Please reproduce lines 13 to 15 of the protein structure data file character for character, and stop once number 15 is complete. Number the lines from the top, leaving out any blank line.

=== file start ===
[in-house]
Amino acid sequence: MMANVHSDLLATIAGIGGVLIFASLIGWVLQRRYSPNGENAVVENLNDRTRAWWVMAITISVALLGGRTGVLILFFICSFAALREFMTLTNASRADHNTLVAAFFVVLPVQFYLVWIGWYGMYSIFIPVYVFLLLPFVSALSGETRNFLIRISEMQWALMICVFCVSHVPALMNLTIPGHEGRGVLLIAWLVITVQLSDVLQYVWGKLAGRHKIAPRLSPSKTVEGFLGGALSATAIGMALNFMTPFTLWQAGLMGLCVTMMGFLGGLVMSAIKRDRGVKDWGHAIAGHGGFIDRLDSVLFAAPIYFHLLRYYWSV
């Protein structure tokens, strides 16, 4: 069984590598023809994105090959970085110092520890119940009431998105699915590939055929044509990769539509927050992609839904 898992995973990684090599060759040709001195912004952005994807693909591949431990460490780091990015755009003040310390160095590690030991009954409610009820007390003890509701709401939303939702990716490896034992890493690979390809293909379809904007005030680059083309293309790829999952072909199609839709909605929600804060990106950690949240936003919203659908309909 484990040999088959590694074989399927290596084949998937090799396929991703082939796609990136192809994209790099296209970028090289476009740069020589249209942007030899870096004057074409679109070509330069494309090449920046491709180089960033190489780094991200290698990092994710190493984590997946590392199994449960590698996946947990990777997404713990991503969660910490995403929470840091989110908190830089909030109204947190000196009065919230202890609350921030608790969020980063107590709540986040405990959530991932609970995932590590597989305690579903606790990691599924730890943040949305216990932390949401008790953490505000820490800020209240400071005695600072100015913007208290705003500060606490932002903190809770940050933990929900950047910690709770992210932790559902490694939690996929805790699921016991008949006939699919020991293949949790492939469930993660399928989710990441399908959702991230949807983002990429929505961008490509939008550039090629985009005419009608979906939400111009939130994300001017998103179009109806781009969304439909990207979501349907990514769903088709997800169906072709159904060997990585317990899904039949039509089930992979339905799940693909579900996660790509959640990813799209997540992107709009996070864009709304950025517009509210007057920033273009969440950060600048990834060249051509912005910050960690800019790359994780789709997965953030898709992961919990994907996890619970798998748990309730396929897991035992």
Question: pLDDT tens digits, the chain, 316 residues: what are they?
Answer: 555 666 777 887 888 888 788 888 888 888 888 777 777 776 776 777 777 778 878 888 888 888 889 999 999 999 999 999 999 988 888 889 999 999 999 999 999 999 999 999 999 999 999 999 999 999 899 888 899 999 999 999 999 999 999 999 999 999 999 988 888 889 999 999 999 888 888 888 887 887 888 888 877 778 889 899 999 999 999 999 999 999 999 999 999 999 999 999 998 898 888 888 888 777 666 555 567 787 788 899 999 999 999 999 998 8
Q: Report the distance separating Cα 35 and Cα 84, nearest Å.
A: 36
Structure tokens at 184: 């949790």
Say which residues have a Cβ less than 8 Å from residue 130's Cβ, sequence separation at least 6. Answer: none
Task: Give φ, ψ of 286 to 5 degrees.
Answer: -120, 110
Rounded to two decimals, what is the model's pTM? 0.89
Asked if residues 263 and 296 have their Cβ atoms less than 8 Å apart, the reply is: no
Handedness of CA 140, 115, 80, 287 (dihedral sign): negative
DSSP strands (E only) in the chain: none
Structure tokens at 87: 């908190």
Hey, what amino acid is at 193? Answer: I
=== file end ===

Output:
Asked if residues 263 and 296 have their Cβ atoms less than 8 Å apart, the reply is: no
Handedness of CA 140, 115, 80, 287 (dihedral sign): negative
DSSP strands (E only) in the chain: none